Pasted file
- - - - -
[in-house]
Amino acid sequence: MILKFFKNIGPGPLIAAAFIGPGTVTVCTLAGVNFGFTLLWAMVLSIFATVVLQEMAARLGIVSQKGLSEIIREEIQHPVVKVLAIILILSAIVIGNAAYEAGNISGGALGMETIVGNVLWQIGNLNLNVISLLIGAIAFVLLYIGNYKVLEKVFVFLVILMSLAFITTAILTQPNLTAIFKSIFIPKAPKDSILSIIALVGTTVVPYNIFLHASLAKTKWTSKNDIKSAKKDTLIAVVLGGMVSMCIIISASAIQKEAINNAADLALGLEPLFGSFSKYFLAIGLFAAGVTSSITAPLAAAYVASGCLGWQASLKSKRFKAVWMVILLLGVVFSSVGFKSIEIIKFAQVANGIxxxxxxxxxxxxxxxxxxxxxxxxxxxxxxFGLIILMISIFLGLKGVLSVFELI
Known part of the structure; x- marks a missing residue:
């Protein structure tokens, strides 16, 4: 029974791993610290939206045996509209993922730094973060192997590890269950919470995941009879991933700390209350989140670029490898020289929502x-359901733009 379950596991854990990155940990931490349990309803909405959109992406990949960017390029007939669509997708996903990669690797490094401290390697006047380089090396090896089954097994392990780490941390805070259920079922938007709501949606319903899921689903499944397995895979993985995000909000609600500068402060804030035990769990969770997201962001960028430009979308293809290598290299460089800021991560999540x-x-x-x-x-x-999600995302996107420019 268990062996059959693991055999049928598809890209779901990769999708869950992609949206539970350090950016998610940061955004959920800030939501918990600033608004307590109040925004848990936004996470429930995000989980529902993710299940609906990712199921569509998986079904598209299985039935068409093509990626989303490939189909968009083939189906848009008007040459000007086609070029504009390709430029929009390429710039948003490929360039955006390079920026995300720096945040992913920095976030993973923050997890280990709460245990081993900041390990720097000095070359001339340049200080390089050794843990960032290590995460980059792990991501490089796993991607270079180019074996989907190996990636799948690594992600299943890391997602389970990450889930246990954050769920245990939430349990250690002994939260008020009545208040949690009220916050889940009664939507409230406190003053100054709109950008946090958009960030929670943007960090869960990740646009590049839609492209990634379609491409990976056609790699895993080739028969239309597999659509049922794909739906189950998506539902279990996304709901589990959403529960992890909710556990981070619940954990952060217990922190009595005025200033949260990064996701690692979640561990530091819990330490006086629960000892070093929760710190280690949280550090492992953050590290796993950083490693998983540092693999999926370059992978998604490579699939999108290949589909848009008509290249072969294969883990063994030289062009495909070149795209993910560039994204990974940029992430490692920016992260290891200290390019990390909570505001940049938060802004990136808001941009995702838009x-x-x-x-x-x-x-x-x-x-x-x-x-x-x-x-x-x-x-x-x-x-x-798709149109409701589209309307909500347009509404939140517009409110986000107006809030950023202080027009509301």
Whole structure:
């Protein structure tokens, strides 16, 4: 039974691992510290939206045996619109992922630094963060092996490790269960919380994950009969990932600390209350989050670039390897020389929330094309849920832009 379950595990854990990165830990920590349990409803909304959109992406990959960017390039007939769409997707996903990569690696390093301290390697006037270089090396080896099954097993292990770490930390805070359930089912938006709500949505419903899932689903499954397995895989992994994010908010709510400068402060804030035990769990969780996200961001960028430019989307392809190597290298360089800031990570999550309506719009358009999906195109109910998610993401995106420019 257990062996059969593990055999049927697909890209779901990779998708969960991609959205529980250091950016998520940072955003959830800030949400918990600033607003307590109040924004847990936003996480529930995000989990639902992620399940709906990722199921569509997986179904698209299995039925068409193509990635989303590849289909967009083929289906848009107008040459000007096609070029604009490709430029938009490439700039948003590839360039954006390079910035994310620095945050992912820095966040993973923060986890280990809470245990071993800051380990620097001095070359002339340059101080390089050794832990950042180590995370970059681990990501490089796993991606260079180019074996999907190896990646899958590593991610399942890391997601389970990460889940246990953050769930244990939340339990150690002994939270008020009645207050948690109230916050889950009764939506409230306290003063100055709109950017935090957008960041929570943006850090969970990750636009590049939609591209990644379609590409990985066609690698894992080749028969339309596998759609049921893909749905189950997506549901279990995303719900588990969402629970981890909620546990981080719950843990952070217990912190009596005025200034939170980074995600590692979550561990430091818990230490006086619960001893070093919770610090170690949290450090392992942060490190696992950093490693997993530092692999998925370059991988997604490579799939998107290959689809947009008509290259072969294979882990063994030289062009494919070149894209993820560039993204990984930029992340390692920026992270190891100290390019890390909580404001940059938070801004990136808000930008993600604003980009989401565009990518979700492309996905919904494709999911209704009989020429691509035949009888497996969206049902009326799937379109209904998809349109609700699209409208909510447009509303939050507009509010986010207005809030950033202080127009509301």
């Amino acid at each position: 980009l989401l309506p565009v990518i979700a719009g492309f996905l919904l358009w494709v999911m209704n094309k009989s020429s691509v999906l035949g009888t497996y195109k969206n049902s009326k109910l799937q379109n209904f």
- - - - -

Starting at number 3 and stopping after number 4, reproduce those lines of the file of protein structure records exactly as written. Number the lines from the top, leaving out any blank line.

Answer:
Known part of the structure; x- marks a missing residue:
């Protein structure tokens, strides 16, 4: 029974791993610290939206045996509209993922730094973060192997590890269950919470995941009879991933700390209350989140670029490898020289929502x-359901733009 379950596991854990990155940990931490349990309803909405959109992406990949960017390029007939669509997708996903990669690797490094401290390697006047380089090396090896089954097994392990780490941390805070259920079922938007709501949606319903899921689903499944397995895979993985995000909000609600500068402060804030035990769990969770997201962001960028430009979308293809290598290299460089800021991560999540x-x-x-x-x-x-999600995302996107420019 268990062996059959693991055999049928598809890209779901990769999708869950992609949206539970350090950016998610940061955004959920800030939501918990600033608004307590109040925004848990936004996470429930995000989980529902993710299940609906990712199921569509998986079904598209299985039935068409093509990626989303490939189909968009083939189906848009008007040459000007086609070029504009390709430029929009390429710039948003490929360039955006390079920026995300720096945040992913920095976030993973923050997890280990709460245990081993900041390990720097000095070359001339340049200080390089050794843990960032290590995460980059792990991501490089796993991607270079180019074996989907190996990636799948690594992600299943890391997602389970990450889930246990954050769920245990939430349990250690002994939260008020009545208040949690009220916050889940009664939507409230406190003053100054709109950008946090958009960030929670943007960090869960990740646009590049839609492209990634379609491409990976056609790699895993080739028969239309597999659509049922794909739906189950998506539902279990996304709901589990959403529960992890909710556990981070619940954990952060217990922190009595005025200033949260990064996701690692979640561990530091819990330490006086629960000892070093929760710190280690949280550090492992953050590290796993950083490693998983540092693999999926370059992978998604490579699939999108290949589909848009008509290249072969294969883990063994030289062009495909070149795209993910560039994204990974940029992430490692920016992260290891200290390019990390909570505001940049938060802004990136808001941009995702838009x-x-x-x-x-x-x-x-x-x-x-x-x-x-x-x-x-x-x-x-x-x-x-798709149109409701589209309307909500347009509404939140517009409110986000107006809030950023202080027009509301």